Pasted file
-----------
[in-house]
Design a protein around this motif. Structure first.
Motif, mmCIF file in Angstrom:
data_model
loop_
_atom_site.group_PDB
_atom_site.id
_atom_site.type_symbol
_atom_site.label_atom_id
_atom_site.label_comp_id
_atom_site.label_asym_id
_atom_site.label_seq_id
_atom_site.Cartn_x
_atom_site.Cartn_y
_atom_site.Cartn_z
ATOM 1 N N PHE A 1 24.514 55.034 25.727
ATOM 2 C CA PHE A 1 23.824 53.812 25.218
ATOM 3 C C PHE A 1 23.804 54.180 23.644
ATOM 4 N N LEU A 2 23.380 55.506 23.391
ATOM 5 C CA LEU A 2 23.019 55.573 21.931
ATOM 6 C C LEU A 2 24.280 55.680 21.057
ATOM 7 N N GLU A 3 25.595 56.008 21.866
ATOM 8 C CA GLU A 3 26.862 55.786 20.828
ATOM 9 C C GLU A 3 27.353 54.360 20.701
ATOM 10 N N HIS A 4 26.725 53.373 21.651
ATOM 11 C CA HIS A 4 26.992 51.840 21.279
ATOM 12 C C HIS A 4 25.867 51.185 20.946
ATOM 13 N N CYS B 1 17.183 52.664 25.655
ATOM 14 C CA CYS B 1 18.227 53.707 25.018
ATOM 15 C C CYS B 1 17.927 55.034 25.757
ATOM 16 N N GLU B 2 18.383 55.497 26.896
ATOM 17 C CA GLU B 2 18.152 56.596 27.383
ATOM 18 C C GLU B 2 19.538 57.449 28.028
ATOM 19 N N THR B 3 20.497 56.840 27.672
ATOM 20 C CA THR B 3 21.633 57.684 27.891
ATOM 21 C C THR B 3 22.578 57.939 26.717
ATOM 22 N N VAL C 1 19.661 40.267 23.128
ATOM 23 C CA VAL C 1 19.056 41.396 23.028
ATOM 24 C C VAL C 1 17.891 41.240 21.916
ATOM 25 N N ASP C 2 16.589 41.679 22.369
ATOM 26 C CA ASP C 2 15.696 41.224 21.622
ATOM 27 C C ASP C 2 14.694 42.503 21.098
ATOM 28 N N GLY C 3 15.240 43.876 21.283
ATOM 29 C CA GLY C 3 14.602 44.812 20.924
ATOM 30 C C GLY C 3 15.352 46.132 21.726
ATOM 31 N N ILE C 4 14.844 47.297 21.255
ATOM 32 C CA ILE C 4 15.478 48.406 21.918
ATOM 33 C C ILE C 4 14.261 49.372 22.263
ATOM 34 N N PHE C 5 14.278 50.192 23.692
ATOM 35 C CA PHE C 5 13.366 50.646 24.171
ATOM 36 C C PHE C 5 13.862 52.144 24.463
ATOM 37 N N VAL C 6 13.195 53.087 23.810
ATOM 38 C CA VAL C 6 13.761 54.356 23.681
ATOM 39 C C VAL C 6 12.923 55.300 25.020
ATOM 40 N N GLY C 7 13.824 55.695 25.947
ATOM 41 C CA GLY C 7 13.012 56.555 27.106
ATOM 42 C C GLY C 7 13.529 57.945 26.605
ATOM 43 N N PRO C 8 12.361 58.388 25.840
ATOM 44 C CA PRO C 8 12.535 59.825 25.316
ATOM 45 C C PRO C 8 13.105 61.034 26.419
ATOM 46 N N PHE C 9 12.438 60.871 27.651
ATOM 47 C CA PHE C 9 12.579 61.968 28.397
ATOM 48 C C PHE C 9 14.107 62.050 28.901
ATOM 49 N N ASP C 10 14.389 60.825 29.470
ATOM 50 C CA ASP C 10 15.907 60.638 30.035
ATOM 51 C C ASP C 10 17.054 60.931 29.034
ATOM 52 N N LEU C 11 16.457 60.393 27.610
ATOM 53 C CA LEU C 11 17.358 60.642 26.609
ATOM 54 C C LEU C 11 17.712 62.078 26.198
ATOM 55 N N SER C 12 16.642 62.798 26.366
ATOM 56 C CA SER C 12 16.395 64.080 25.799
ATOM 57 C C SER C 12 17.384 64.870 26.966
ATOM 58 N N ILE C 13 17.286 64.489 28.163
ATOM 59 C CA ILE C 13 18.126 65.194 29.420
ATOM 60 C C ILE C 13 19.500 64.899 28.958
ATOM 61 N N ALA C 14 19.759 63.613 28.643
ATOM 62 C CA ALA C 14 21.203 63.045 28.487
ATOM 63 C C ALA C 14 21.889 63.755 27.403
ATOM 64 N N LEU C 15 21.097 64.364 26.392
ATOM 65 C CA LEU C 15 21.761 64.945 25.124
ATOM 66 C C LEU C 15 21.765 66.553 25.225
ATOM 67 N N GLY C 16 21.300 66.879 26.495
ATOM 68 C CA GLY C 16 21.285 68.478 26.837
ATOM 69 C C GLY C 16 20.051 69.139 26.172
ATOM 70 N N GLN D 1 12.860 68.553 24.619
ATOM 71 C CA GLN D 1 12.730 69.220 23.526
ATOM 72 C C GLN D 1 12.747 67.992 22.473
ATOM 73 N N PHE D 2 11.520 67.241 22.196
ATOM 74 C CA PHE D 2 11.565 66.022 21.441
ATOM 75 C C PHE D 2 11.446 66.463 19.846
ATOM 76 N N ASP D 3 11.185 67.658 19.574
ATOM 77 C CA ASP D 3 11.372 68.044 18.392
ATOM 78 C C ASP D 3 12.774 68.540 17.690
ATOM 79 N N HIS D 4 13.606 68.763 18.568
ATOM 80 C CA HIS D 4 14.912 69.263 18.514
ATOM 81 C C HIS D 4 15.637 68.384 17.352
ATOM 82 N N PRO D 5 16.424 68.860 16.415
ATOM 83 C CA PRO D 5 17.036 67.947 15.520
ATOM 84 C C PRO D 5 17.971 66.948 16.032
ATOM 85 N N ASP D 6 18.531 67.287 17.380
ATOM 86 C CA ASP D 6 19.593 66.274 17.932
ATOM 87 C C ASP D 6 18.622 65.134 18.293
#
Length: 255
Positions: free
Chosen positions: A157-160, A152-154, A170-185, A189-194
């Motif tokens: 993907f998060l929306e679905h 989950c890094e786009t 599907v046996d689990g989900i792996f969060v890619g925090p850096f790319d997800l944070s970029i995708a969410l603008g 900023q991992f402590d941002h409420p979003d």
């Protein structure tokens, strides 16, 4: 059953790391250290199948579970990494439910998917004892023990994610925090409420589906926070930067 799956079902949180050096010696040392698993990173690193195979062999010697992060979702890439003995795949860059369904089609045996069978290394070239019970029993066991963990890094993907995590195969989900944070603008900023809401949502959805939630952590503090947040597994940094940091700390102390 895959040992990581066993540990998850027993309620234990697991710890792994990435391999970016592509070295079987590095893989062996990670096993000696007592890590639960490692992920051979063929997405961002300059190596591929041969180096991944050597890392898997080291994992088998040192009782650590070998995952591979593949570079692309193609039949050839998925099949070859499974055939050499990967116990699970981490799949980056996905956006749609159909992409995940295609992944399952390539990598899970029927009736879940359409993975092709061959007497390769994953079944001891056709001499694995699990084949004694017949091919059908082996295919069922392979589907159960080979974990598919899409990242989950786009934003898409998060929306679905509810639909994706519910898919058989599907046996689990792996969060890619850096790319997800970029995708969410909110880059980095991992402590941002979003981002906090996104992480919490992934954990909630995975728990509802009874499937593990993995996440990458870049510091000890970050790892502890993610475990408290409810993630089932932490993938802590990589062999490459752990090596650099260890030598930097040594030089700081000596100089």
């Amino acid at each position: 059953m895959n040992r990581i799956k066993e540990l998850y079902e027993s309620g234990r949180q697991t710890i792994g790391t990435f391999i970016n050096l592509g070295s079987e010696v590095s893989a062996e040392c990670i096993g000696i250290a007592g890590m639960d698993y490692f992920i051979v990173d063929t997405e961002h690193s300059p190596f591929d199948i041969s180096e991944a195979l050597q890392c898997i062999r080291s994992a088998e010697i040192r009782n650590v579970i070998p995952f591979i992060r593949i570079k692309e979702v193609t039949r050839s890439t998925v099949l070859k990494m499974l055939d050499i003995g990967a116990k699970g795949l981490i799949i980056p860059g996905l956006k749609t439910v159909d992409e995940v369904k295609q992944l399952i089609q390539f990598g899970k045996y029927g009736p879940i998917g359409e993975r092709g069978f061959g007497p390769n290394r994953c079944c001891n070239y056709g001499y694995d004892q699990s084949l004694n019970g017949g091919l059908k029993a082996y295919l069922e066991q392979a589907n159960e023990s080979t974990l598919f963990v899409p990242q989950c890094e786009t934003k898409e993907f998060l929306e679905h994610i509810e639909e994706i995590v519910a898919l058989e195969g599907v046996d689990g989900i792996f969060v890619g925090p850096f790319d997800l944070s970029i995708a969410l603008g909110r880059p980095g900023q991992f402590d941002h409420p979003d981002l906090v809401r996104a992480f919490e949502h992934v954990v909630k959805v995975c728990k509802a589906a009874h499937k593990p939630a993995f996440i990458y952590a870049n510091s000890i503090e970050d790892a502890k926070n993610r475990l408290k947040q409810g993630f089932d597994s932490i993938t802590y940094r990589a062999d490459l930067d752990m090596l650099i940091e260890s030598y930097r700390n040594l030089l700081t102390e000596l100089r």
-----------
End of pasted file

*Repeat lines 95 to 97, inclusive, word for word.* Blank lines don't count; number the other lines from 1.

ATOM 80 C CA HIS D 4 14.912 69.263 18.514
ATOM 81 C C HIS D 4 15.637 68.384 17.352
ATOM 82 N N PRO D 5 16.424 68.860 16.415